Un-blurring The Work/Home Divide With Remote Access

While many in the world of business management are in agreement that a hosted desktop that allows flexible working options for employees is a positive development in the modern workplace, there remain questions as to how this will continue to affect the work-life balance.

Many believe that the ability to work remotely while still having access to a sufficient amount of data and files is set to revolutionise working hours, as employees will be able to work from home while spending time with family or on other commitments, but it doesn’t take into account how they can still be connected to work when it comes time to clock off.

With more instant access to email and social media through internet-enabled smart phones, workers are more at the mercy of work-related messages whether they mean to engage them or not. While they may choose not to engage with them, management researchers are concerned about the effects it has on workers’ wellbeing.

According to the Chartered Management Institute, three-quarters of workers worry about their job while on the commute home, or even while sat on the sofa, but according to new research, there’s a simple way to leave work concerns at the office.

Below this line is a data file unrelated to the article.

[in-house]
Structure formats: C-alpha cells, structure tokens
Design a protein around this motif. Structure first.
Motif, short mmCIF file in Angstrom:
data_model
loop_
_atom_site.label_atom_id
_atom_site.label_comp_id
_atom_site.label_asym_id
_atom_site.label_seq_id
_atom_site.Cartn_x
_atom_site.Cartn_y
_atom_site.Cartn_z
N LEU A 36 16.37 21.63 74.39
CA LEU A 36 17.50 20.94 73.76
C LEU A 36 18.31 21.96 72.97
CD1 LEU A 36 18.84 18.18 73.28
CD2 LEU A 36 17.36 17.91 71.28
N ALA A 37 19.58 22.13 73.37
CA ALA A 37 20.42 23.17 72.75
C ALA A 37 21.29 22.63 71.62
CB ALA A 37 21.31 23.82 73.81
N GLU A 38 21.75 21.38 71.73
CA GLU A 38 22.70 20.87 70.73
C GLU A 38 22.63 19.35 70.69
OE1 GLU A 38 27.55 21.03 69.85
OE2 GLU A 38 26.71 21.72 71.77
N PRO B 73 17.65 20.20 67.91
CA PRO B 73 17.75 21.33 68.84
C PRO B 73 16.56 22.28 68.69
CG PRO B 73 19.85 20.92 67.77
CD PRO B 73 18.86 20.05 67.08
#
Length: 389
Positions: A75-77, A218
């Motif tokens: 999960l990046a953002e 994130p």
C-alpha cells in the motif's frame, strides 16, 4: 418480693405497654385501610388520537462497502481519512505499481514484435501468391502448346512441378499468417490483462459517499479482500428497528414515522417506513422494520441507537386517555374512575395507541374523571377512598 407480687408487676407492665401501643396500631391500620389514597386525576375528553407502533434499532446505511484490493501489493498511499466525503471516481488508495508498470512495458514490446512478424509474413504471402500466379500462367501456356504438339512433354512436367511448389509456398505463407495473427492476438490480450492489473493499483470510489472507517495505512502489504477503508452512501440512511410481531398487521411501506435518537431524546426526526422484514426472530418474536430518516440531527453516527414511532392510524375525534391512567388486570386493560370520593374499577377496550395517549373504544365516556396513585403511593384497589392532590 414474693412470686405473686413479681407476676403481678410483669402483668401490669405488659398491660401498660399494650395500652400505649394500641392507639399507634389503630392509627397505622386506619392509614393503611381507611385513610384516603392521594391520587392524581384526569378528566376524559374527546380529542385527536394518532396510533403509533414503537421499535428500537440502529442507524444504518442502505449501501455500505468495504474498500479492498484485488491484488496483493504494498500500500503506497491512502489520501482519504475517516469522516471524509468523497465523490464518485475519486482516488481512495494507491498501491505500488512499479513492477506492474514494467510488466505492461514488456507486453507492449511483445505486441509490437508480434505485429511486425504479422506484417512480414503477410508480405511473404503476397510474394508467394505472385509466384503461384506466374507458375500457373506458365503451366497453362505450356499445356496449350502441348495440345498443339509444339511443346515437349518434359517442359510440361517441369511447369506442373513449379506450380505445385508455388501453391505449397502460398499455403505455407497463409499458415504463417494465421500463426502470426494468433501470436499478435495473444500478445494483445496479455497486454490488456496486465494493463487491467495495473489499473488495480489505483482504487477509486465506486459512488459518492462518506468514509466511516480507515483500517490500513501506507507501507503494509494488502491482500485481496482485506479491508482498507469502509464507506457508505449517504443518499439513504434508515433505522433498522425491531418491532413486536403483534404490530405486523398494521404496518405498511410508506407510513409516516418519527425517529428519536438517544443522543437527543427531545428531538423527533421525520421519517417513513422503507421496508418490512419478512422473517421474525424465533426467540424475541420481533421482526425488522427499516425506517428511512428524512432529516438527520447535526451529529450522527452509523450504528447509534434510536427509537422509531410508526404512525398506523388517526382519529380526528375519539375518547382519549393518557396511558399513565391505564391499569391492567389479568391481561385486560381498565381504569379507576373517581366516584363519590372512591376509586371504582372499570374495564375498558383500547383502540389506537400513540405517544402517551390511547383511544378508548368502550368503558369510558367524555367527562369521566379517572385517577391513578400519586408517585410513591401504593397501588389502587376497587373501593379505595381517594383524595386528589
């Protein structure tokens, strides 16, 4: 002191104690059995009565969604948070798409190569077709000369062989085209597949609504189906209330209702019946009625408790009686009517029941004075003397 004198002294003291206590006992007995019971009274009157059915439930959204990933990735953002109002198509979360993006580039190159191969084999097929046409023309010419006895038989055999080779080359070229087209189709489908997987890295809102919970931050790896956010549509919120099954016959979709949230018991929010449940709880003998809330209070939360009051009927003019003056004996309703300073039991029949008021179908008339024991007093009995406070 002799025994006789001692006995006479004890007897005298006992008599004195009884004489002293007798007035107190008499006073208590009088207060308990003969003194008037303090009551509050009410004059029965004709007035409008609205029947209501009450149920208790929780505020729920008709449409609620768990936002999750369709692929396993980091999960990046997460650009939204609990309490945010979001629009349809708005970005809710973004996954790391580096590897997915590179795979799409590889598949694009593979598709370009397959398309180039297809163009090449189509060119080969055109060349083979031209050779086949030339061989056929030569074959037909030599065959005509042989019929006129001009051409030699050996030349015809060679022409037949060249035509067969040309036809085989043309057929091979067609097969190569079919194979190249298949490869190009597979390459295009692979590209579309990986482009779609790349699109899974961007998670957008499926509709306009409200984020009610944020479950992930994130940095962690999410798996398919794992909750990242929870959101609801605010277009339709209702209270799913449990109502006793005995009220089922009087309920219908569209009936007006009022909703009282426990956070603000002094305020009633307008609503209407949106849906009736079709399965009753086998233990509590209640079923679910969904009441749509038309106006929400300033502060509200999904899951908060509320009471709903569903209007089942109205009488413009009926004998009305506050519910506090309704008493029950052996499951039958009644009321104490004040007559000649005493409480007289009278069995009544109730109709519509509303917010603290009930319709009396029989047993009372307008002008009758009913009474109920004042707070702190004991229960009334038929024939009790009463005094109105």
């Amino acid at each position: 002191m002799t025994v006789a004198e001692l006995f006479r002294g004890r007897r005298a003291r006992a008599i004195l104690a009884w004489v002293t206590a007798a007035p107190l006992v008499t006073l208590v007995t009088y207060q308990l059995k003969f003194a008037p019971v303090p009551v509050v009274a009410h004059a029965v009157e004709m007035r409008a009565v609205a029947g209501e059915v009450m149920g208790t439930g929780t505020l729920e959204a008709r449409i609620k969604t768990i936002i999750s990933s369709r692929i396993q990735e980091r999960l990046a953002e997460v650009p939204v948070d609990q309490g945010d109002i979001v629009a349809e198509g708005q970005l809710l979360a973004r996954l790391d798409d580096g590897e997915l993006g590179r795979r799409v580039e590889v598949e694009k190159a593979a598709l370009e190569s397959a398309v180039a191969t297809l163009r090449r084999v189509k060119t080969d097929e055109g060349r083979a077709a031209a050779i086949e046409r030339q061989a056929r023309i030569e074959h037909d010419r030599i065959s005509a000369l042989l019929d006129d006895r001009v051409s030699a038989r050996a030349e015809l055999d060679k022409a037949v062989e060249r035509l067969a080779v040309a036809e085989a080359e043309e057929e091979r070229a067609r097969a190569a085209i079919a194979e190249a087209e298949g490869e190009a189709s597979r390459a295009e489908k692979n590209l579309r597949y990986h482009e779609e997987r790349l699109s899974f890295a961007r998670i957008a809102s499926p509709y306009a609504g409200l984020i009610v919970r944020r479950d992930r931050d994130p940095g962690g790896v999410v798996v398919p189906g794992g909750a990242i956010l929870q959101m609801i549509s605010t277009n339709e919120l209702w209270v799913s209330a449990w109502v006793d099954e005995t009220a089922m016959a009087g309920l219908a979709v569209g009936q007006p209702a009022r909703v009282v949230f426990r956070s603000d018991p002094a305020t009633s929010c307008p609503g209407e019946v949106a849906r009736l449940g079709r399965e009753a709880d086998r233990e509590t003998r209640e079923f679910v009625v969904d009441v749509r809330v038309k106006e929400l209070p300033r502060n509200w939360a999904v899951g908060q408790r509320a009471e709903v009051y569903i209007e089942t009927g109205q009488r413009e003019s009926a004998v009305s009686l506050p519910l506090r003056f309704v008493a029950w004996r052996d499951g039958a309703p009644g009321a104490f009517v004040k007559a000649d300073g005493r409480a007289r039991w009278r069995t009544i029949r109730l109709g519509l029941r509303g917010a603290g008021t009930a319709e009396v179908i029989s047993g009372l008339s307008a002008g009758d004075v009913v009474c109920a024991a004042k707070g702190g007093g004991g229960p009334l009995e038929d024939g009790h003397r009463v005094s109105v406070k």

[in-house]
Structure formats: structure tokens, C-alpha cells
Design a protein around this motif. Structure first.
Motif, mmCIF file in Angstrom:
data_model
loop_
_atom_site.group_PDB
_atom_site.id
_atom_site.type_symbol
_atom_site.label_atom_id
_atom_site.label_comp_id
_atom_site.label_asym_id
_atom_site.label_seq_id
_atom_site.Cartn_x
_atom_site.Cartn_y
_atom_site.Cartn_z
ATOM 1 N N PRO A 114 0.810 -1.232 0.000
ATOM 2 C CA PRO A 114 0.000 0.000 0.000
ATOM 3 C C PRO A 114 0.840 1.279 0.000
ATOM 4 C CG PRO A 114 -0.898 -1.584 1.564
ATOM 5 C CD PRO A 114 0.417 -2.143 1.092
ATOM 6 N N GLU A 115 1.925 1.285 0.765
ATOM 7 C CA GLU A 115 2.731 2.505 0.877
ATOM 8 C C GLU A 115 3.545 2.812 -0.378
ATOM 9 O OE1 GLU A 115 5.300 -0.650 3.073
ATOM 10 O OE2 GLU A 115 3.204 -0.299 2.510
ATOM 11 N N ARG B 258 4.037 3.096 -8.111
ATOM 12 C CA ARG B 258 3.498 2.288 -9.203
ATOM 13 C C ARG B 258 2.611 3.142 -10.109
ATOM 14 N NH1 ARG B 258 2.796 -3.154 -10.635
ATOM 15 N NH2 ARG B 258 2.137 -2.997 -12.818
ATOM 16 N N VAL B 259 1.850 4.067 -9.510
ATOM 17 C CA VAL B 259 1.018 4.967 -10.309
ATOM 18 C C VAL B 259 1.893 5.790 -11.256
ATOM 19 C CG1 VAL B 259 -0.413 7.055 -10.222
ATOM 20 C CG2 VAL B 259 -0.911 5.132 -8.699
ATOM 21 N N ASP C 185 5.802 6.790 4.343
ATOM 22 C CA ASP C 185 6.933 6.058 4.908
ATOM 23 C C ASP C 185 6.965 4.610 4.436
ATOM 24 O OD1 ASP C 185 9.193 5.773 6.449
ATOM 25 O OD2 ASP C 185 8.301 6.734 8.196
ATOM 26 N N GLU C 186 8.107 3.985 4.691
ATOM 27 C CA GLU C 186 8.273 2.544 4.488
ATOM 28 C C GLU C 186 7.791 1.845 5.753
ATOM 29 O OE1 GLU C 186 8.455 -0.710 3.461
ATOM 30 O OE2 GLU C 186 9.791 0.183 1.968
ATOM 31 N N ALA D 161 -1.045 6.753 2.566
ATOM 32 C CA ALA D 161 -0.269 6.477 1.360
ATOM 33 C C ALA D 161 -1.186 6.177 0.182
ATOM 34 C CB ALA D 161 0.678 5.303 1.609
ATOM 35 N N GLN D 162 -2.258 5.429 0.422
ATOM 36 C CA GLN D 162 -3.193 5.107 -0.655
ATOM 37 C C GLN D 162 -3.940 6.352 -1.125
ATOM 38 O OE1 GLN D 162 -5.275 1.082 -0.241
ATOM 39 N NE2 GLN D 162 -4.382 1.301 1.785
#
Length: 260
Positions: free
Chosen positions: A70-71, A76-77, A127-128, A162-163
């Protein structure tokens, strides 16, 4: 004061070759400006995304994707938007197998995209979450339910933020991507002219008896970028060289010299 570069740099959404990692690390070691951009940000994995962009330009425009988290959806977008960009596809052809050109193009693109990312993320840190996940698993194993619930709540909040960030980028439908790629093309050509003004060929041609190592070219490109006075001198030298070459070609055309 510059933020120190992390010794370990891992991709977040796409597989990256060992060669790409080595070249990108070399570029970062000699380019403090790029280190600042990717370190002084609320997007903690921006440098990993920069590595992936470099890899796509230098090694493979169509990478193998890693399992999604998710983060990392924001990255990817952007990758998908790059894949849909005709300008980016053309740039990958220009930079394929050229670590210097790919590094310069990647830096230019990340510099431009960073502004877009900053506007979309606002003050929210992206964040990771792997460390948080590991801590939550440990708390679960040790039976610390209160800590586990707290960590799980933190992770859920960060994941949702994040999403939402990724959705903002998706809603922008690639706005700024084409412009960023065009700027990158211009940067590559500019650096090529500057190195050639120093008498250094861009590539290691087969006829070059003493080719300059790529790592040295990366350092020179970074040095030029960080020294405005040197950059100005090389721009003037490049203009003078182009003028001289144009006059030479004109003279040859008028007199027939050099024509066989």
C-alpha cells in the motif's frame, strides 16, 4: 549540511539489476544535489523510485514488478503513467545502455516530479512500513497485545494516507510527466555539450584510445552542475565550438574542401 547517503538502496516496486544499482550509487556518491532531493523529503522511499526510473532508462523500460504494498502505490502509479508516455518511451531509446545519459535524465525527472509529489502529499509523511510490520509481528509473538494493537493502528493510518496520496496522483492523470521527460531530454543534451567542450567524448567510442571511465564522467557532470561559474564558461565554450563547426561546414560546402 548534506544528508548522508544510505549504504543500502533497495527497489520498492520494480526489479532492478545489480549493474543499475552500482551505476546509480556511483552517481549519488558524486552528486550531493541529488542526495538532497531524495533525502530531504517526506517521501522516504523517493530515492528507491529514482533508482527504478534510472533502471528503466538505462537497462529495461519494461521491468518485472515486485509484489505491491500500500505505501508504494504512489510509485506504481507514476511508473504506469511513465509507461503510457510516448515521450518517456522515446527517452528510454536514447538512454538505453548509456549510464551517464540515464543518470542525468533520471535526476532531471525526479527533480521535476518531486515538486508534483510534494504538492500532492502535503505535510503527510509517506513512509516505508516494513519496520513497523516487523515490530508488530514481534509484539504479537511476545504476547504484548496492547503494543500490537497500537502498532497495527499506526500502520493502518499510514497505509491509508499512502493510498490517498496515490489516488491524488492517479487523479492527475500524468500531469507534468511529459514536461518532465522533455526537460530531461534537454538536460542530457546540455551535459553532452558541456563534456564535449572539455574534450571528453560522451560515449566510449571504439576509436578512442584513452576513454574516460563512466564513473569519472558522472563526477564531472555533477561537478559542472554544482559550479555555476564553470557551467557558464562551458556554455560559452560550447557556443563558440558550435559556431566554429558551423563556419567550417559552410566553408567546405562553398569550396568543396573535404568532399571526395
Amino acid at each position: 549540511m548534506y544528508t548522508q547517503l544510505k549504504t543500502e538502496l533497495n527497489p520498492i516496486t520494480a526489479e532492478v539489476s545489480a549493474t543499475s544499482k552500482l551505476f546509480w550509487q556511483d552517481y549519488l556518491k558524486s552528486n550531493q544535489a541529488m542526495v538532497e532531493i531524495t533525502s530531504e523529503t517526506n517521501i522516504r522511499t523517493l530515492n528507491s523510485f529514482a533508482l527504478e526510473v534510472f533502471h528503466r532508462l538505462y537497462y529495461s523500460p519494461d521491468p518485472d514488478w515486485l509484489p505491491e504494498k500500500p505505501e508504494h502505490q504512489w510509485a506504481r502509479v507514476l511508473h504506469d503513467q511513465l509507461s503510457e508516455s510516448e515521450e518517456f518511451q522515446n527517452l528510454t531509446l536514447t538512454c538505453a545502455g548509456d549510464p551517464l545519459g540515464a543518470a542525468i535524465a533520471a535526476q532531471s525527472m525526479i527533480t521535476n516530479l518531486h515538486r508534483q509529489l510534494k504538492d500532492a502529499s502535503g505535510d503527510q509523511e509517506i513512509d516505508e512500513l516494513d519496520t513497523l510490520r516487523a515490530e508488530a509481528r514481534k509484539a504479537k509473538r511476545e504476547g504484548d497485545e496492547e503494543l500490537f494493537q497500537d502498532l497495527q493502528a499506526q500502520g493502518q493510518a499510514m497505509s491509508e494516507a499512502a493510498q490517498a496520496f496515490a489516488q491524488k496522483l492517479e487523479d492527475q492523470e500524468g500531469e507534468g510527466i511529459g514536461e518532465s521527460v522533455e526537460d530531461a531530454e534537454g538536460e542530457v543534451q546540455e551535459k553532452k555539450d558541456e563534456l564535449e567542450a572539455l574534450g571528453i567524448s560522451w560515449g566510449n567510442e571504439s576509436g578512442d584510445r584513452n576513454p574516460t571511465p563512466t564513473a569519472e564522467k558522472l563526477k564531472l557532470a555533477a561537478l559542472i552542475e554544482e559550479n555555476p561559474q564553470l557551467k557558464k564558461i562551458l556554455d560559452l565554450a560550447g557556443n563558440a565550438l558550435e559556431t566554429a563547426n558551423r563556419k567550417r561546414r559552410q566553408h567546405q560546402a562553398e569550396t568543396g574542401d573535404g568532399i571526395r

A psychology study conducted at Ball State University found that by workers decompressing at the end of a working day through writing down smaller, concrete work goals for the following day they were more likely to feel confident and relaxed. For managers, lead psychologist Dr Brandon Smit suggested this is targeted towards any staff members that express issues with taking work home.

Un-blurring The Work/Home Divide With Remote Access
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Un-blurring The Work/Home Divide With Remote Access
Un-blurring The Work/Home Divide With Remote Access.

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